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Sunday December 05, 2021

Housing and the people

October 27, 2021

It is only a matter of time now before the residential building Nasla Tower in Karachi comes down as a result of a controlled detonation as ordered by the Supreme Court of Pakistan. This episode has once again underscored the way the rights of common people in this country are trampled over by various quarters. The case went on for long, there were multiple petitions to save the building and at least to secure the payment to apartment owners before the demolition. Now, as per the SC order, the tower is set to be demolished. Around 25 percent of the tower is built on encroached land, but the order makes it clear that the entire building is to be razed to the ground. The owners of apartments in the said tower have been saying that it is not their fault and they cannot move out for lack of other accommodation, but the demolition is to be carried out.

The court has ordered the government of Sindh to make payments to apartment owners at market prices, but that is yet to materialise. The 15-storey residential building was declared illegal in its entirety in June 2021 as the tower was built on an area in excess of what was originally leased. Not unrelated to this are the cases of compensation to the people whose leased houses were demolished in the anti-encroachment operations along the Orangi and Gujjar storm-water drains (nullahs). In this case also the apex court ordered the resettlement of the affected people within a year. The Gujjar, Mehmood Abad and Orangi nullahs are the three major storm-water outlets in Karachi where encroachments have been removed. Over six thousand people were evicted during the operations, mostly belonging to the lower-income strata. These people have been demanding shelter for their families but to no avail. Now there is a need for the governments at the federal and provincial levels to fulfil their commitments to pay compensation to the affected people.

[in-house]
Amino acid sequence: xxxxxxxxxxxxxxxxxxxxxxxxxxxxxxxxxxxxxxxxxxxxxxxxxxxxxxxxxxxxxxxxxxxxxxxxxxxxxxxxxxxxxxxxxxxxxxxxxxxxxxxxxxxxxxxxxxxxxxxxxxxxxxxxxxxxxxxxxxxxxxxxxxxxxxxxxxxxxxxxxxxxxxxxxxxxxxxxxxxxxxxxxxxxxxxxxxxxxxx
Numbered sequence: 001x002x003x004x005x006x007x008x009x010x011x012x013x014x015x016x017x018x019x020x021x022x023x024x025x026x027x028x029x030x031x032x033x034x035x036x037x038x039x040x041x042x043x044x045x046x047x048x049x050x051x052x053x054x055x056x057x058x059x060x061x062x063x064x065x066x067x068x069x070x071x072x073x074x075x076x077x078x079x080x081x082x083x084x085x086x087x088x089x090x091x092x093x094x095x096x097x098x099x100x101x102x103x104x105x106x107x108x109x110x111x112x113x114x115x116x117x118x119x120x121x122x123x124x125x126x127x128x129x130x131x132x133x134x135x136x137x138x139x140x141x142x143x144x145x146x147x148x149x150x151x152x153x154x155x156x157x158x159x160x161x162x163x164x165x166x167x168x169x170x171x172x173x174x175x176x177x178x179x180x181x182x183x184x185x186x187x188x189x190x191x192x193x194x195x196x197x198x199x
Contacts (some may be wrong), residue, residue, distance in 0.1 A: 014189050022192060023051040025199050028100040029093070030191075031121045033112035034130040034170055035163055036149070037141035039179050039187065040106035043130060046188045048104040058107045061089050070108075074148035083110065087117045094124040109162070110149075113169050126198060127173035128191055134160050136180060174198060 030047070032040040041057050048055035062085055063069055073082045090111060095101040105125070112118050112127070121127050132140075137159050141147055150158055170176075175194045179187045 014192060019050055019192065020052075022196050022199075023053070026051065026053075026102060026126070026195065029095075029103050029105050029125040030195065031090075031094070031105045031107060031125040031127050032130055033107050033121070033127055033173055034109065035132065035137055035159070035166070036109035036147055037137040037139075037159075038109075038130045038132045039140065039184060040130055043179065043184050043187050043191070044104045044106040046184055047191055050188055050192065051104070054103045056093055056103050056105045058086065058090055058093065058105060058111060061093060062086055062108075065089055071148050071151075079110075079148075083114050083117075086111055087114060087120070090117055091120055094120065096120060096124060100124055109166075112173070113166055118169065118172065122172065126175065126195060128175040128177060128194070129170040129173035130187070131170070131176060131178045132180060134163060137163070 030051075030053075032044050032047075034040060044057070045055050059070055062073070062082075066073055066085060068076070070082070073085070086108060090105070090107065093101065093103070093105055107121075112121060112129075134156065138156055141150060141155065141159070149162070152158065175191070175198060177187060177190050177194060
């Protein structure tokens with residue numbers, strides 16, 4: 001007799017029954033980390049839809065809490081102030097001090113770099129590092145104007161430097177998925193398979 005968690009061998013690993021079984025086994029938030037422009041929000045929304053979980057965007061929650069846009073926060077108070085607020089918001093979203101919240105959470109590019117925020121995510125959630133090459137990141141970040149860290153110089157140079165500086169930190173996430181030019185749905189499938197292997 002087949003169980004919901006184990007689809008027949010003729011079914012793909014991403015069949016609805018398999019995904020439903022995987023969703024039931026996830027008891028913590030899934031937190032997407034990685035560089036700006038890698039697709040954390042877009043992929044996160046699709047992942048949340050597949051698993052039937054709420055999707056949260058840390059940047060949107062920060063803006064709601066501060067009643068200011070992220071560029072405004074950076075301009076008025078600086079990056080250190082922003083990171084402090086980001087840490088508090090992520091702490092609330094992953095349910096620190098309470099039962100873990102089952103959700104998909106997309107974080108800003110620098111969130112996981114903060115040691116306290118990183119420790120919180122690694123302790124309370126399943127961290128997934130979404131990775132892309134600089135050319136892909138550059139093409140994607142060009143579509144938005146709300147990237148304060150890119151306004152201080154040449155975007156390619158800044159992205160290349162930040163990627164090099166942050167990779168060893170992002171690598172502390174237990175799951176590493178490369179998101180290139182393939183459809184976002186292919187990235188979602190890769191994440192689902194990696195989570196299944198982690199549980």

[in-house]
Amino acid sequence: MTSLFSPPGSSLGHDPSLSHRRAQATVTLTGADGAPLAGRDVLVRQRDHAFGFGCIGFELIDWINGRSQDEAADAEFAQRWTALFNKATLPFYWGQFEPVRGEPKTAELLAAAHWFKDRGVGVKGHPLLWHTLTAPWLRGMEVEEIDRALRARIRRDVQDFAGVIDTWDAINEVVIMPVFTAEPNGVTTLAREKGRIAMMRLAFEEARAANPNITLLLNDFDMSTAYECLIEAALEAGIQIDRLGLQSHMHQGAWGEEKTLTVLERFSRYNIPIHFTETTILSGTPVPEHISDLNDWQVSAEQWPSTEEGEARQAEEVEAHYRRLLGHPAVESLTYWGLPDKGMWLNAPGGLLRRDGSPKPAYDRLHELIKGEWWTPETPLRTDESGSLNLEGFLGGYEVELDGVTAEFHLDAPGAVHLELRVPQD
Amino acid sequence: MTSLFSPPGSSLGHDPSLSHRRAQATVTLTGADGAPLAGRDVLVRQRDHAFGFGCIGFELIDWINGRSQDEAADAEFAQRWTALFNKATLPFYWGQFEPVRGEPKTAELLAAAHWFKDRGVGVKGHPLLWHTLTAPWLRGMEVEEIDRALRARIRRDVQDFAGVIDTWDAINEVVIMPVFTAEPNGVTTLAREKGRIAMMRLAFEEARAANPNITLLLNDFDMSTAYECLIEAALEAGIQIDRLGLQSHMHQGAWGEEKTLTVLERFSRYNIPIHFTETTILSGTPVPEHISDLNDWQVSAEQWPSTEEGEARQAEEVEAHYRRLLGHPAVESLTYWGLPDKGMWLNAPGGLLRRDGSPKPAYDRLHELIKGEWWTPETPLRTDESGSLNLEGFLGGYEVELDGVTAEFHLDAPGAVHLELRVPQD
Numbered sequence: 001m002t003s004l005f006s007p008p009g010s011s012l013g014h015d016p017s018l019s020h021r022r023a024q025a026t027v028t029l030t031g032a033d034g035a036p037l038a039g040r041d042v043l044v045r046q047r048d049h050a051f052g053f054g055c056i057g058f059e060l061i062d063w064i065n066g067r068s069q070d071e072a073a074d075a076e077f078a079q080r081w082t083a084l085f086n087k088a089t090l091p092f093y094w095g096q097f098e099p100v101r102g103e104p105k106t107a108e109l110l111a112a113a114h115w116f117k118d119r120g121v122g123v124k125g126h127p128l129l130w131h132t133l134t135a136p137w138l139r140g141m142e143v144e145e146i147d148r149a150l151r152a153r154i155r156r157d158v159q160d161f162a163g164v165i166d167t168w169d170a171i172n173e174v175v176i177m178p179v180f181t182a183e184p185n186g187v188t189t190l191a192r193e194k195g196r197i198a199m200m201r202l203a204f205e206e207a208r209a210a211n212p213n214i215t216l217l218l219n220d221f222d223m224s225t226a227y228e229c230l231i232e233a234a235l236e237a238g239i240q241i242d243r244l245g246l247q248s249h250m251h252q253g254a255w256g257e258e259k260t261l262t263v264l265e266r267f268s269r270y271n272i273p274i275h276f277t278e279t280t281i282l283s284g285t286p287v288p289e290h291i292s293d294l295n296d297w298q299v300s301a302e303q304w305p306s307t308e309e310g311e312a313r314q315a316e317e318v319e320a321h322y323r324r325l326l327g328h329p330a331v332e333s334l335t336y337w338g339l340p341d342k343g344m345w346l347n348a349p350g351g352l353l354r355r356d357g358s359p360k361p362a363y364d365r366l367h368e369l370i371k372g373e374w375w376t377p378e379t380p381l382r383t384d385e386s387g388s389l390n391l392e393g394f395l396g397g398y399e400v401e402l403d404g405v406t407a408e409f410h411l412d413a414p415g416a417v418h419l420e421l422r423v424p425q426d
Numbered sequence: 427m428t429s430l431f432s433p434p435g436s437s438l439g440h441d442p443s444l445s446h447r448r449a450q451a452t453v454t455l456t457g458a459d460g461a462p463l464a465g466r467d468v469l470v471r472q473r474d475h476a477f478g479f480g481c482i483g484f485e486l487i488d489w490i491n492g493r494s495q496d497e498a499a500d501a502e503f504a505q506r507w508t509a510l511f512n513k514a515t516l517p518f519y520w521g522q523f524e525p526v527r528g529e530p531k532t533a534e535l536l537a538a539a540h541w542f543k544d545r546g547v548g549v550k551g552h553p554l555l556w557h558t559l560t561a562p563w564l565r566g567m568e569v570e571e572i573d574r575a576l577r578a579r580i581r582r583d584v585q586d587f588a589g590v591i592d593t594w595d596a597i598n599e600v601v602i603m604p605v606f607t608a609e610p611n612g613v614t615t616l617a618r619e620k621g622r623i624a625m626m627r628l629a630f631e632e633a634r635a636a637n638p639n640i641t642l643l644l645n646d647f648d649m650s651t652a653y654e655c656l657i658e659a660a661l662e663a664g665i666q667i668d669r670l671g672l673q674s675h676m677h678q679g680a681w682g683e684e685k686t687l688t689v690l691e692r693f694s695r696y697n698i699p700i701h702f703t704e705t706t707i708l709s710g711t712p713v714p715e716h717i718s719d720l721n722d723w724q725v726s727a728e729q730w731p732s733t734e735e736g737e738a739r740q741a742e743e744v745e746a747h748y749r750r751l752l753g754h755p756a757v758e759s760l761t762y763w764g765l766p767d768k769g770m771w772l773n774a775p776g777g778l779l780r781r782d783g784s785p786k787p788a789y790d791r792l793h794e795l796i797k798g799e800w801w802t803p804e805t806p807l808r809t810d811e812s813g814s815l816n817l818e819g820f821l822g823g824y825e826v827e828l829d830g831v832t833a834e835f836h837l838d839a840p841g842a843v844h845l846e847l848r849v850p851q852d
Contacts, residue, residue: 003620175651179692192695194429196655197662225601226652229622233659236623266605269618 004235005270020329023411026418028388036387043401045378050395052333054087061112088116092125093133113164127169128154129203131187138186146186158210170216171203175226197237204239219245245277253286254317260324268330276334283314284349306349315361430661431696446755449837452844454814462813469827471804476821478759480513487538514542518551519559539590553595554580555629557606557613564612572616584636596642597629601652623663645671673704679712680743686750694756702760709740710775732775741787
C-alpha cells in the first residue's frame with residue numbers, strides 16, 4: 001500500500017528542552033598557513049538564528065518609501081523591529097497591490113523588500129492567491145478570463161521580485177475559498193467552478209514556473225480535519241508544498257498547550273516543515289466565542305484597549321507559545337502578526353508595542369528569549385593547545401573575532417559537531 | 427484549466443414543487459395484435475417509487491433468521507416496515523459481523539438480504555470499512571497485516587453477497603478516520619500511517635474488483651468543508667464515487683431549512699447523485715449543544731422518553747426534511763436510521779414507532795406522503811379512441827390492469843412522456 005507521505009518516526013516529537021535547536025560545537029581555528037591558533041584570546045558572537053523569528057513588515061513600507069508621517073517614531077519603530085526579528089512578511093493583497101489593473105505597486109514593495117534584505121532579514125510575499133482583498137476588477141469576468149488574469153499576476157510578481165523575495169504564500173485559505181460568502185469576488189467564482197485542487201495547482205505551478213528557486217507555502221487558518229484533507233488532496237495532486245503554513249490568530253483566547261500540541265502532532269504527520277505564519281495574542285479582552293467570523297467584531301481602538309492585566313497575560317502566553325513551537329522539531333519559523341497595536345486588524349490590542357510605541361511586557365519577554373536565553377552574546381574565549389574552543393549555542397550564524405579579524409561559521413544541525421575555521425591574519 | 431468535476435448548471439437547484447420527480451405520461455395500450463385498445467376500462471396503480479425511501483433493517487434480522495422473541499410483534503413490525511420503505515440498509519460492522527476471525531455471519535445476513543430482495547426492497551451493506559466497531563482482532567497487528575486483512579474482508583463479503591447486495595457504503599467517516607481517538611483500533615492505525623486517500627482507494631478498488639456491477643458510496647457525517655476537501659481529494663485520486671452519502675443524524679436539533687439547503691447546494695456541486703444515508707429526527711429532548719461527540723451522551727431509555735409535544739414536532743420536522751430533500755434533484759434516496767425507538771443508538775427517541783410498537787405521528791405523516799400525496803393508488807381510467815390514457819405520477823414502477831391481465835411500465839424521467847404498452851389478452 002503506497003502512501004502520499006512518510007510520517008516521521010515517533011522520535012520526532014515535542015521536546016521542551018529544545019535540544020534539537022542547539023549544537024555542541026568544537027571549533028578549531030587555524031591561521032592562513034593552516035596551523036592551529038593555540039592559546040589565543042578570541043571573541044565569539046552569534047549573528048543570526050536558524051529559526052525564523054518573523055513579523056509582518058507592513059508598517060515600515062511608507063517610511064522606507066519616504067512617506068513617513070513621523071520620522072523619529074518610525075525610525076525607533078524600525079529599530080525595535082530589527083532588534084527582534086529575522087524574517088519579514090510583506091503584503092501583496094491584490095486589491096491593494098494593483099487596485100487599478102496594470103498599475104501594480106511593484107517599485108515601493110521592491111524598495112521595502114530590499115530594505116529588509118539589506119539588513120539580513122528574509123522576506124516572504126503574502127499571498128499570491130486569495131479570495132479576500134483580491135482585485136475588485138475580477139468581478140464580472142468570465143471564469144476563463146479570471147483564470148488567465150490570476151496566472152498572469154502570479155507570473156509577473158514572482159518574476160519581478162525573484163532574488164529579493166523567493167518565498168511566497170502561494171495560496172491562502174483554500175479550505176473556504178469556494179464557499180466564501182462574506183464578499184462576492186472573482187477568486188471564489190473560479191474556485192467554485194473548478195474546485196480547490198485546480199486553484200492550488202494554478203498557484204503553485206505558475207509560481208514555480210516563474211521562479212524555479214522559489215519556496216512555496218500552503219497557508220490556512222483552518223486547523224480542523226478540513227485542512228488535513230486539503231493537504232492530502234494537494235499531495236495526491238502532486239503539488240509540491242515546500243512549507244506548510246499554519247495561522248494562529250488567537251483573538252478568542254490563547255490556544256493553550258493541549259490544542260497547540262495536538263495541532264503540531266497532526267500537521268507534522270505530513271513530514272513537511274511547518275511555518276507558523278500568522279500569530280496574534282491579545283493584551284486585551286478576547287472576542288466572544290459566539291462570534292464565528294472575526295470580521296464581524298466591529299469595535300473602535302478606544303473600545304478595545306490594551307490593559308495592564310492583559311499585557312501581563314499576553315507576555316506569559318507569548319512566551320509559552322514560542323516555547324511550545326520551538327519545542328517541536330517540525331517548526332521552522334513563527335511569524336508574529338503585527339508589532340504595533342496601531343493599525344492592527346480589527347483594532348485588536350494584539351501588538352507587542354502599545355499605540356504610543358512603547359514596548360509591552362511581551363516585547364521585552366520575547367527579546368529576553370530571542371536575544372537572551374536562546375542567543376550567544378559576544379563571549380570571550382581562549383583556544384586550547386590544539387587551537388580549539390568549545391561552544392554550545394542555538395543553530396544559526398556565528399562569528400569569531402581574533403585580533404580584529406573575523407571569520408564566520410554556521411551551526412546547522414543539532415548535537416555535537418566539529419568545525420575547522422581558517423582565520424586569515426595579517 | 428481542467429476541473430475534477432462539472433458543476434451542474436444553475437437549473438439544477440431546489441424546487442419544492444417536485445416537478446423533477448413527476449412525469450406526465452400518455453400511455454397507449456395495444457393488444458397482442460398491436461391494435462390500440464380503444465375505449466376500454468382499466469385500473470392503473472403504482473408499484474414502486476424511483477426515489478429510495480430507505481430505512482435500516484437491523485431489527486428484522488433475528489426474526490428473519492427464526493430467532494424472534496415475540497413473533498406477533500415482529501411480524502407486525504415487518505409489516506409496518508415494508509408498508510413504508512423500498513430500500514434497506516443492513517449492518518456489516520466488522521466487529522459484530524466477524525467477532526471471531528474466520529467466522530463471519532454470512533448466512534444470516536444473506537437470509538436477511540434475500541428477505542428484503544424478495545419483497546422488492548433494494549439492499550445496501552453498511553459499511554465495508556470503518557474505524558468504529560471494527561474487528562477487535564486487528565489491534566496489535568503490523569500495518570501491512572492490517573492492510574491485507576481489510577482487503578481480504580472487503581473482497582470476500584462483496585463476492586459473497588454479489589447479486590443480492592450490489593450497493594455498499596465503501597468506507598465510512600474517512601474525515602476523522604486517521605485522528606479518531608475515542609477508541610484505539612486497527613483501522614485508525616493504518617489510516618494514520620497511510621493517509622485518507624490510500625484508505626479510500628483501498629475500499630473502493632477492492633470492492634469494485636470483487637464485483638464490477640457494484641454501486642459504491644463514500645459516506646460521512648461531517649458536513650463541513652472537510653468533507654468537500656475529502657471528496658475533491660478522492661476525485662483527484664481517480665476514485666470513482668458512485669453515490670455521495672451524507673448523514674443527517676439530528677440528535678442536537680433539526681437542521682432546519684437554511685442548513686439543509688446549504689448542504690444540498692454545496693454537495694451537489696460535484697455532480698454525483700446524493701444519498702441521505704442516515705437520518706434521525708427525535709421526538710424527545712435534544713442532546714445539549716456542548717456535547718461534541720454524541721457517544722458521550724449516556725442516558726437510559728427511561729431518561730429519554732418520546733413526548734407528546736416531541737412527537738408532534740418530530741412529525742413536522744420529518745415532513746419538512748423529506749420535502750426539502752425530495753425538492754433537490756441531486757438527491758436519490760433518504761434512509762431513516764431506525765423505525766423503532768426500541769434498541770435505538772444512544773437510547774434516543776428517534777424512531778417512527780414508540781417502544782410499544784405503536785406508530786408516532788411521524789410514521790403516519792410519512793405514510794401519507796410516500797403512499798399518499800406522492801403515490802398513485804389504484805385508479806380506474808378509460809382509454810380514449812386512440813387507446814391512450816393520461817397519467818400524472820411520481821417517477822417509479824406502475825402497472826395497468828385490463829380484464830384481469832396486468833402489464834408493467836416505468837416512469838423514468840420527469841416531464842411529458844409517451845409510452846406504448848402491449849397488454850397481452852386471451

The same applies to the shop owners of Garden and Empress Market who saw their decades’ old shops demolished within a matter of weeks. These shop owners also had allotment documents from the concerned authorities, but they lost their businesses, and no government official received any punishment. All these cases show a callous disregard for the rights of the people who suddenly find themselves on roads without their established business and homes. Irrespective of the merits and demerits of the courts’ decisions in all these cases, at least a couple of things require immediate attention: all compensations should be paid at the market rate; and in the future all concerned officials should be brought to book who were responsible for the negligence in their duties by allowing illegal constructions and providing documents to builders that are ultimately proved to be forged or illegal by the courts.